Plant Growth Regulation

, Volume 85, Issue 3, pp 437–445 | Cite as

Leaf phytohormone levels and stomatal control in an evergreen woody species under semiarid environment in a Brazilian seasonally dry tropical forest

  • Karla V. Figueiredo-Lima
  • Hiram M. Falcão
  • Gladys F. Melo-de-Pinna
  • Alfonso Albacete
  • Ian C. Dodd
  • André L. Lima
  • Mauro G. Santos
Original paper


Phytohormones are essential for controlling abilities of plant species to overcome stress conditions, and influence some aspects of stomatal control, preventing excessive water loss. This study investigates the correlation between foliar phytohormones levels, water status and stomatal conductance in an evergreen woody species (Cynophalla flexuosa) throughout dry and rainy seasons, and the transition between them. We measured stomatal conductance (gs), xylem branch water potential (Ѱx), and leaf concentration of abscisic acid (ABA), jasmonic acid (JA), salicylic acid (SA) and trans-zeatin (tZ). Stomatal conductance was more sensitive to atmospheric conditions, such as VPD than to soil water balance. However, we found correlation between gs and Ѱx, suggesting that these direct water availability measures were a good proxy to explain gs in C. flexuosa. Moreover, ABA leaf concentration had no effect on gs, but ABA and tZ interaction was important to the phenological behaviour of this species. Cytokinins act in delaying leaf senescence, which is crucial to evergreen species, and it is opposite to ABA’s action. JA also showed a significant interaction to ABA, and kept high foliar level during wet season. ABA levels varied throughout the year, and its concentration itself was less important to gs than the interaction to other phytohormones, such as tZ and JA. In conclusion, although ABA did not directly affect stomatal conductance in C. flexuosa, the interaction between ABA, tZ and JA likely played a role in the regulation of stomatal behavior in this species.


Abscisic acid Caatinga (SDTF) Drought tolerance Jasmonic acid Salicylic acid Ethylene 



The authors would like to thank the anonymous reviewers for the valuable suggestions. K. Figueiredo-Lima thanks the Fundação de Amparo à Ciência e Tecnologia do Estado de Pernambuco (FACEPE) for the scholarship received; and CAPES for the PDSE scholarship to visit Lancaster Environment Centre, in United Kingdom and Departamento de Nutrición Vegetal, in Murcia, Spain. The authors would like to thank the Unidade Acadêmica de Serra Talhada (UFRPE-UAST) for their support in the data collection in the field, and to the Center for Edafología y Biología Aplicado del Segura (CEBAS) and the Consejo Superior de Investigaciones Científicas (CSIC) for providing all the necessary structure for the phytohormone analysis. M. G. Santos acknowledges CNPq for the fellowship granted.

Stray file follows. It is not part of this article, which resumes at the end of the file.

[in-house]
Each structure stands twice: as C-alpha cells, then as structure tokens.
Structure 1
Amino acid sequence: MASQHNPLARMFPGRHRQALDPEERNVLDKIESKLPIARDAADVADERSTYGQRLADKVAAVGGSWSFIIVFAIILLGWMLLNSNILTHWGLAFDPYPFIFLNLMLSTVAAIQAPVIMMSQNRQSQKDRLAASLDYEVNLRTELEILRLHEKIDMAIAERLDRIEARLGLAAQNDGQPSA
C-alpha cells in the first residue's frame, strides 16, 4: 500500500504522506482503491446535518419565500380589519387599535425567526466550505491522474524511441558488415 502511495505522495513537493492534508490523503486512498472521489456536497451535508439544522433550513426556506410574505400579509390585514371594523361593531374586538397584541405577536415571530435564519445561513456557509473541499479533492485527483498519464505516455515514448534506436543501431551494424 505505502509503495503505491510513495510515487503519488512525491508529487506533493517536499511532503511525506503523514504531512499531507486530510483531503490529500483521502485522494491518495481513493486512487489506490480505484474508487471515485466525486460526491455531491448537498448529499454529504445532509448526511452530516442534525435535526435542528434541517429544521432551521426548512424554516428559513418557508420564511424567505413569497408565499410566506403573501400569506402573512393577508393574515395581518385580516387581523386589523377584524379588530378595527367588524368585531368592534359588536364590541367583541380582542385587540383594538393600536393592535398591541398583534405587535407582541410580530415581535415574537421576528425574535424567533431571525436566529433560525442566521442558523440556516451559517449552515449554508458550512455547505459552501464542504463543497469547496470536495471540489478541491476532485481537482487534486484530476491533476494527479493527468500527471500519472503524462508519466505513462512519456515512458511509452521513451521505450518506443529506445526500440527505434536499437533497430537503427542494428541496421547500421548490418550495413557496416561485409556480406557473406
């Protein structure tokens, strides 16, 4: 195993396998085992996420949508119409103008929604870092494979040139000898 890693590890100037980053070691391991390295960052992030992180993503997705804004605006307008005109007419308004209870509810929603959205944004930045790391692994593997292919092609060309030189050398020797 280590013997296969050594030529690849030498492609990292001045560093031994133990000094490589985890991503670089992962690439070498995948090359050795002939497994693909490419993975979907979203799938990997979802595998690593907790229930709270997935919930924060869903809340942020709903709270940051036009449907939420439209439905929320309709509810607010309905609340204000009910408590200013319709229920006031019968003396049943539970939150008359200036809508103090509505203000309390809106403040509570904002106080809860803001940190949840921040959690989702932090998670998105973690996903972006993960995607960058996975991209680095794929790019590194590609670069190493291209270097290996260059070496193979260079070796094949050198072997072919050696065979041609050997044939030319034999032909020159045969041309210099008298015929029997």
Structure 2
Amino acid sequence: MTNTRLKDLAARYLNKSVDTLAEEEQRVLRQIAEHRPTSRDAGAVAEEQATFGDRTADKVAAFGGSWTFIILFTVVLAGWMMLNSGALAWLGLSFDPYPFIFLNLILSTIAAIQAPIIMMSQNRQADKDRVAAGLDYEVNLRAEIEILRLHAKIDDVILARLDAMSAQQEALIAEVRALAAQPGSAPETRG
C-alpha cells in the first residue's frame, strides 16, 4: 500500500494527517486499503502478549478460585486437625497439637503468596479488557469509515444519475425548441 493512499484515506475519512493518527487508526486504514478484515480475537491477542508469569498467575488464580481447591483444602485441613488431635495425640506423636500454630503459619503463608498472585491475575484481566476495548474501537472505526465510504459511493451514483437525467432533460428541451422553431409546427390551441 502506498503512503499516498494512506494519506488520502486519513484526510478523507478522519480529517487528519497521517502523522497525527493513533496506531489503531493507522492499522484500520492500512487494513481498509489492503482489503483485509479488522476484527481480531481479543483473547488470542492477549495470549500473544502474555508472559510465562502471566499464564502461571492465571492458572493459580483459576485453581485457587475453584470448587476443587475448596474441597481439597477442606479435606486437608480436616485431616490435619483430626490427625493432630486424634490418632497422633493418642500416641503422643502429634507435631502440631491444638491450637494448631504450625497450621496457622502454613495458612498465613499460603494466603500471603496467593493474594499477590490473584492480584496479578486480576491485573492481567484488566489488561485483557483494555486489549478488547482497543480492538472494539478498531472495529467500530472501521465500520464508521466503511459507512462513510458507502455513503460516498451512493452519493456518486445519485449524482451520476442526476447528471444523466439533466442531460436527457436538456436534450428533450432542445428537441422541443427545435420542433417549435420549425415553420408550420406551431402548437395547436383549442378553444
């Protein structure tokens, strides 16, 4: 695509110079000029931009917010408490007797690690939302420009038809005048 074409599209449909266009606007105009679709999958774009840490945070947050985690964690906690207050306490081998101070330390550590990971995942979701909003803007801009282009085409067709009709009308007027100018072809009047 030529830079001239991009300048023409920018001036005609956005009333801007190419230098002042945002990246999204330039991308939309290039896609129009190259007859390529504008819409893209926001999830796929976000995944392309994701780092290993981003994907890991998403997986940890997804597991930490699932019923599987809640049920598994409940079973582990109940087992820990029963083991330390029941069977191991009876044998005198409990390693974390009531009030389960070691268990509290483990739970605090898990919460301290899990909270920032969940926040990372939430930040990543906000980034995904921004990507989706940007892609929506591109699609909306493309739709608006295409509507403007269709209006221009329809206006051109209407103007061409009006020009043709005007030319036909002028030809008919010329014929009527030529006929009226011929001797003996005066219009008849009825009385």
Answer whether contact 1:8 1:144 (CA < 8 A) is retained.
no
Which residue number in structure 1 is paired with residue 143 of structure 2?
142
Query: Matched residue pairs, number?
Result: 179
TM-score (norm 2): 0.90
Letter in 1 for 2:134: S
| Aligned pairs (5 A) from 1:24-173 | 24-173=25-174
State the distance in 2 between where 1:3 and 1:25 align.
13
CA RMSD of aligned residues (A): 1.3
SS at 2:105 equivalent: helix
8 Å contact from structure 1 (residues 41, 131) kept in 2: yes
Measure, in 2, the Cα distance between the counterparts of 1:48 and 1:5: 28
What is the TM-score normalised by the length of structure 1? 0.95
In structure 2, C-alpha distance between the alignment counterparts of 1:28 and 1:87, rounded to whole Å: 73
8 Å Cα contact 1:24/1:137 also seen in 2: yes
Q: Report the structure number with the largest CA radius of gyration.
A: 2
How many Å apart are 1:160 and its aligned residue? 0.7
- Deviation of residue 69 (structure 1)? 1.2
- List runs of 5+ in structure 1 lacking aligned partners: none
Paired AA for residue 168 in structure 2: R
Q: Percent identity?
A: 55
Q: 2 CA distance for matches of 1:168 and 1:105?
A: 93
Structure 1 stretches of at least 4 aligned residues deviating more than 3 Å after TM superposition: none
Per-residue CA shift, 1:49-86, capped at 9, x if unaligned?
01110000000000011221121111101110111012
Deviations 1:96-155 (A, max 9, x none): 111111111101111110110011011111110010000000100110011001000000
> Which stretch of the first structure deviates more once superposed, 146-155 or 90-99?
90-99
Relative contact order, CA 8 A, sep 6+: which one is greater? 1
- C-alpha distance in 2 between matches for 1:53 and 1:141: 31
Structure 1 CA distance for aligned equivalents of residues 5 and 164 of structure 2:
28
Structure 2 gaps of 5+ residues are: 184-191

This study was funded by the Conselho Nacional de Desenvolvimento Científico e Tecnológico (CNPq) (CNPq-470247/2013-4); and Fundação de Amparo à Ciência e Tecnologia do Estado de Pernambuco (FACEPE).

Compliance with ethical standards

Conflict of interest

All authors declare that they have no conflict of interest to disclose.

Supplementary material

10725_2018_405_MOESM1_ESM.xlsx (18 kb)
Supplementary material 1 (XLSX 17 KB)


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Copyright information

© Springer Science+Business Media B.V., part of Springer Nature 2018

Authors and Affiliations

  1. 1.Laboratório de Fisiologia Vegetal, Departamento de BotânicaUniversidade Federal de PernambucoRecifeBrazil
  2. 2.Departamento de Botânica, Instituto de BiociênciasUniversidade de São PauloSão PauloBrazil
  3. 3.Departamento de Nutrición Vegetal, Centro de Edafología y Biología Aplicada del Segura (CEBAS), Consejo Superior de Investigaciones Científicas (CSIC)Campus Universitario de EspinardoEspinardoSpain
  4. 4.The Lancaster Environment CentreLancaster UniversityLancasterUK
  5. 5.Universidade Federal Rural de Pernambuco (UFRPE), Unidade Acadêmica de Serra Talhada (UAST)Serra TalhadaBrazil

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